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In re Natalia M.

Appellate Court of Connecticut

June 3, 2019

IN RE NATALIA M.[*]

         Argued May 14, 2019

         Appeal from the Superior Court in the judicial district of New Haven, Juvenile Matters, where the matter was tried to the court, Conway, J.

Page 683

          David J. Reich, for the appellant (respondent father).

         Seon A. Bagot, assistant attorney general, with whom, on the brief, were William Tong, attorney general, Benjamin Zivyon, assistant attorney general, Stephen G. Vitelli, assistant attorney general, and Evan O’Roark, assistant attorney general, for the appellee (petitioner).

          Ingrid Swanson, for the minor child.

         Alvord, Bright and Bear, Js.

          OPINION

          PER CURIAM.

         [190 Conn.App. 584] The respondent father, Paul R., appeals from the judgment of the trial court terminating his parental rights with respect to his daughter, Natalia M. (child), pursuant to General Statutes § 17a-112 (j) (3) (B) (i).[1] On appeal, the respondent claims that the Department of Children and Families (department) violated his rights to due process of law by failing to provide adequate visitation with his child, which, he claims, ultimately led the court to terminate his parental rights after erroneously concluding that the department had made reasonable efforts at reunification, pursuant to § 17a-112 (j) (1).[2] The respondent does not claim that the court erred in its conclusion that he was unable or unwilling to benefit from reunification efforts. Because the respondent challenges only one of the two bases [190 Conn.App. 585] for the court’s determination that § 17a-112 (j) (1) had

Page 684

been satisfied, we conclude that the respondent’s appeal is moot.

         The child was born in November, 2016. From the time of her birth, the department was involved in attempting to assist the child and her mother. On December 2, 2016, members of the New Haven Police Department were dispatched to the Three Judges Motel in New Haven (motel) to investigate a stabbing. The child’s mother, the child, and, at times, the respondent were staying at the motel. The boyfriend of the child’s mother came to the motel and was holding the child when the respondent returned to the motel. A scuffle ensued and the boyfriend, who was injured and bleeding, accused the respondent of stabbing him. During their search of the scene, the police found narcotics.[3]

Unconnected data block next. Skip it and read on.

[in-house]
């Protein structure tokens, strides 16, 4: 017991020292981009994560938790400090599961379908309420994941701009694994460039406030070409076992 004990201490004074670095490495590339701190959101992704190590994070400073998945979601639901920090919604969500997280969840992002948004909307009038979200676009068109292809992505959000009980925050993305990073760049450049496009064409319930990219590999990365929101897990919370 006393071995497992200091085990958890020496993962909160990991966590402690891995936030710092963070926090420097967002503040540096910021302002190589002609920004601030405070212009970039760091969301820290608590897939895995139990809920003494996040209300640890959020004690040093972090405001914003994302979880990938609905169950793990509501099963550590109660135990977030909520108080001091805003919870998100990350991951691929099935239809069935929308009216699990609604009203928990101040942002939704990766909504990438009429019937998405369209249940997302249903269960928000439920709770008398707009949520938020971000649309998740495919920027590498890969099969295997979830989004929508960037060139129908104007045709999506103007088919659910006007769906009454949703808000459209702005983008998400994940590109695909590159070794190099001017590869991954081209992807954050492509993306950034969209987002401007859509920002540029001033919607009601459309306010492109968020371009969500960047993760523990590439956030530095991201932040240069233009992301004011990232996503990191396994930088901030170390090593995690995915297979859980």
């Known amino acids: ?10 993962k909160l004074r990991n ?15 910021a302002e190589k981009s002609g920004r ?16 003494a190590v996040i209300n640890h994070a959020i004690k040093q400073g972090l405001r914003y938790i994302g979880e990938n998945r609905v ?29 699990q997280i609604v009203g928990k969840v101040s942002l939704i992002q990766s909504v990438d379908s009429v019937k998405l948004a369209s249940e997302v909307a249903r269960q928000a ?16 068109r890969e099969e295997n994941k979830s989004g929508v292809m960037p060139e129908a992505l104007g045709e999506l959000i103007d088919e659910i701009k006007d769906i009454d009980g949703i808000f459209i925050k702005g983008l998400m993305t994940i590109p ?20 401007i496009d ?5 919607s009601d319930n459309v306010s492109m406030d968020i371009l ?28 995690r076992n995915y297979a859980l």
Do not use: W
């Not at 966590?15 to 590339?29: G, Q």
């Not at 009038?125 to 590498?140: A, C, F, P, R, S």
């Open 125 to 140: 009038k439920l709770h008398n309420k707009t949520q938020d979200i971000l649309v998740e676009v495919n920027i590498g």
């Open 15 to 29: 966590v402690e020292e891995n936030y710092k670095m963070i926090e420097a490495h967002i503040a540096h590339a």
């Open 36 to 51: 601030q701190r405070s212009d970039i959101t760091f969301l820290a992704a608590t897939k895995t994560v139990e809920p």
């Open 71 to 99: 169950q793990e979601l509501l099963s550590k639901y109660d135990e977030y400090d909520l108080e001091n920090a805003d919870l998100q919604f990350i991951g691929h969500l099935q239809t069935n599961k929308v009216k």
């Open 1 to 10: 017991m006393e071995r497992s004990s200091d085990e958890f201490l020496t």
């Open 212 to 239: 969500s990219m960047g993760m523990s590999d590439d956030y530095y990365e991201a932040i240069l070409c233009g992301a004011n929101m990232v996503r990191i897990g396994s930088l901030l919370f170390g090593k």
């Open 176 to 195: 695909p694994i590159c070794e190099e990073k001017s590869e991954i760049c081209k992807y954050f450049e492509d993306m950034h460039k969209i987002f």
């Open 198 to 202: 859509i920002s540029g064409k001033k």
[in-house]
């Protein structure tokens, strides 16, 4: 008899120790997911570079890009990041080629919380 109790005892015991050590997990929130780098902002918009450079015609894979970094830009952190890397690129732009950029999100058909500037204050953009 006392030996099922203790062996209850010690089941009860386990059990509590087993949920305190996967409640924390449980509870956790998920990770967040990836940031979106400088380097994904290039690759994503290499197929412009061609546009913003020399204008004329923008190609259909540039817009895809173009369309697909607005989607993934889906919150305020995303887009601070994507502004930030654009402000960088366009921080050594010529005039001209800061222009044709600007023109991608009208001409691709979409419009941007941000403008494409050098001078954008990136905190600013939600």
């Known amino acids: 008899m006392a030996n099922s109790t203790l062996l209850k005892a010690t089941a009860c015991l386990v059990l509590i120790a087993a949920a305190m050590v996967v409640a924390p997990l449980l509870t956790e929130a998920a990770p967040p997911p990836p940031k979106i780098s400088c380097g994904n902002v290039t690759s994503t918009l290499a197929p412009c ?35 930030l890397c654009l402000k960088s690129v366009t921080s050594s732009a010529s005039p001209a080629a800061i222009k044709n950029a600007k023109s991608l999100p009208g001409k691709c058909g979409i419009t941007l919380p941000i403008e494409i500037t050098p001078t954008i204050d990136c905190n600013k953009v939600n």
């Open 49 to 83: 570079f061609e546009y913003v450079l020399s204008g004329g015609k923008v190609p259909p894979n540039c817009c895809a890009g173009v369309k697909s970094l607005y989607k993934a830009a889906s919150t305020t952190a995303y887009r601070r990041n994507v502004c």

The petitioner, the Commissioner of Children and Families (commissioner), took temporary custody of the child and filed a neglect petition. The court issued an order of temporary custody on December 6, 2016. Pursuant to the court’s order, the respondent was given specific steps, including domestic violence and substance abuse treatment, as well as the requirement that he cooperate with service providers. The respondent failed to comply with these steps. The respondent also questioned whether he was the father of the child. The respondent had no contact with the child between December 2, 2016 and April, 2017, when his paternity was confirmed. Even after he knew he was the child’s father, the respondent ignored letters from the department offering him visitation with the child, and he had no contact with her because he was attempting to avoid being served with a warrant for his arrest.

         [190 Conn.App. 586] On May 18, 2017, the court adjudicated the child, who has serious health concerns, neglected, and it committed her to the custody of the commissioner. The court also ordered final specific steps for the respondent, with which he also failed to comply. In August, 2017, the respondent was arrested on charges unrelated to the alleged stabbing and narcotics incident, and, thereafter, he expressed an interest in visiting with the child. On October 5, 2017, a permanency plan, which proposed termination of both parents’ rights and adoption, and to which the respondent objected, was approved by the court. Following this approval, the department met with the respondent to discuss visitation and the child’s medical needs. The department was concerned about the toll it would ...


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